And then the other attribute that I want to draw your attention to is the autocomplete attribute. This is another accessibility requirement. So anytime you are asking for personal information that could be stored in the browser, something that the site could autocomplete because that information has been filled out in the browser before, we can trigger that by saying autocomplete="email".

So any other fields where they’ve been named email and there’s a value that’s been entered then the browser can remember that and help folks autocomplete future forms with that autocomplete="email".

And there’s a whole list of those autocomplete attributes for anytime again that you’re asking for personal information, so name, email, address and so forth.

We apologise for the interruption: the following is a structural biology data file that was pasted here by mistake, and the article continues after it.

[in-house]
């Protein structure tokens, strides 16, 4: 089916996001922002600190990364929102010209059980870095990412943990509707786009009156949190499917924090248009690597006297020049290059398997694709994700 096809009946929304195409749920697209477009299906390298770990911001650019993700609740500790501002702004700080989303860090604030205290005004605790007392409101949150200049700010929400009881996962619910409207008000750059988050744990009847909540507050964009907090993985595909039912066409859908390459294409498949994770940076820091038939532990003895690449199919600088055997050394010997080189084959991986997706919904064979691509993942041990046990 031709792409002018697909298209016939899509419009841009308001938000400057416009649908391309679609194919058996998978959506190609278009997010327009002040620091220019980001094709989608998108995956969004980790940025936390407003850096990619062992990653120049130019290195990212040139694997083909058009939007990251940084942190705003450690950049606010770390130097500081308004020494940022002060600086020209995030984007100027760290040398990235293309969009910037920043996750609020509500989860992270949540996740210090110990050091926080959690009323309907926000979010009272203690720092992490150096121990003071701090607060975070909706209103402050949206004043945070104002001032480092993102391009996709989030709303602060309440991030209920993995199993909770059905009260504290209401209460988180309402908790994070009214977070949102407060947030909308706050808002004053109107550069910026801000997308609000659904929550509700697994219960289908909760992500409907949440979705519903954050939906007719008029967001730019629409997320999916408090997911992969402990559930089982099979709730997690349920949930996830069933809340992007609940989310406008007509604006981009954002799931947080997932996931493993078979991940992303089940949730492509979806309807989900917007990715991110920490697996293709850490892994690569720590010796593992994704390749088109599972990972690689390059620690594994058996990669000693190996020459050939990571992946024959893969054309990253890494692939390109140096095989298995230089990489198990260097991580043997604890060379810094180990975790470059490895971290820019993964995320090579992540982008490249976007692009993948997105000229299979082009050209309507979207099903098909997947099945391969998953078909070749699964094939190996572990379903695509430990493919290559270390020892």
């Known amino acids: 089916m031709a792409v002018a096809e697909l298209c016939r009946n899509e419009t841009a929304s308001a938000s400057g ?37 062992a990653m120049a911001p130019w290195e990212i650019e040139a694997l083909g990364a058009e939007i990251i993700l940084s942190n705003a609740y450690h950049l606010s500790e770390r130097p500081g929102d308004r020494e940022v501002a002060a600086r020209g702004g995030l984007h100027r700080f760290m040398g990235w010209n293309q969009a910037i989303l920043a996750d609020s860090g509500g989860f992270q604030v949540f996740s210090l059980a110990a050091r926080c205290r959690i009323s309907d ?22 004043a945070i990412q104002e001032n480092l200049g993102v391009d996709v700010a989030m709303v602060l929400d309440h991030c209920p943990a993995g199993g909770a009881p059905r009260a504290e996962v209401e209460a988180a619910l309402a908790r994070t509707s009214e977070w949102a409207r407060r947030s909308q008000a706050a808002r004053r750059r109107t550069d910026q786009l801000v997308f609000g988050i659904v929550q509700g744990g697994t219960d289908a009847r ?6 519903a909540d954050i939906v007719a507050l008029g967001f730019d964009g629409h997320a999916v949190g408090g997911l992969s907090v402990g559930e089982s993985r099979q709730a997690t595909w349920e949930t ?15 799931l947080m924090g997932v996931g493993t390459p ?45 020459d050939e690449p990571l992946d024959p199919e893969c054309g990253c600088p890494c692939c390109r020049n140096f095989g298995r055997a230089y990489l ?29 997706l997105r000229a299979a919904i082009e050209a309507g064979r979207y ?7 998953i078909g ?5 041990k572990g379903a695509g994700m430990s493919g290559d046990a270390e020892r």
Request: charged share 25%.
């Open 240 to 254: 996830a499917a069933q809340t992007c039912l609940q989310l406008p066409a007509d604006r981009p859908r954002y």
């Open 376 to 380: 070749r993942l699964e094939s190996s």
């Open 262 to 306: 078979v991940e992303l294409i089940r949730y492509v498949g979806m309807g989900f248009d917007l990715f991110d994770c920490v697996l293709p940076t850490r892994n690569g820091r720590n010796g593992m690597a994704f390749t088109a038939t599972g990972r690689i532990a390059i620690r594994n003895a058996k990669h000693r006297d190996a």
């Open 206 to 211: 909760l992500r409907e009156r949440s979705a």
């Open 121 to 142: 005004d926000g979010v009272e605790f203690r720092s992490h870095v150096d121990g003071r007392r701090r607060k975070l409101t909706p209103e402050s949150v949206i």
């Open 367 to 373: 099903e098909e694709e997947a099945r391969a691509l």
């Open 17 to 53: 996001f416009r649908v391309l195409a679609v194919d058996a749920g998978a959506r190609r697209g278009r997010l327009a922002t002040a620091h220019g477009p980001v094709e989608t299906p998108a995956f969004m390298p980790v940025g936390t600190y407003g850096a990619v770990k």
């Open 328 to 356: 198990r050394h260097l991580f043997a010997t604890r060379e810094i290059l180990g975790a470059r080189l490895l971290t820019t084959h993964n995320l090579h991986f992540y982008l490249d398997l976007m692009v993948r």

All right, so let’s go ahead and look back at our code again. I’ll scroll down the page here a little bit until we get to the form labels section and I’ll scroll down in our HTML.

Okay, headings, form labels. So here we are, Form labels.

A couple of things that, when these are programmatically linked correctly, some things that you can do. You can click on the label to actually toggle the control and that’s a really big help because these hit areas are usually pretty small on radio buttons and check boxes but if you can click on the label as well, that makes it a lot easier for folks.

And if you’re creating your own custom components, and I’ll talk about this a
couple of times during this presentation, if you’ve got these as a custom component, for some reason you don’t want to use a default checkbox, there are several things that you have to do to make that checkbox work.

  • It has to work on mouse click.
  • It has to work with the enter or space key on your keyboard.
  • It has to be focusable.

These are all things that are natively done when you use out-of-the-box <input> elements.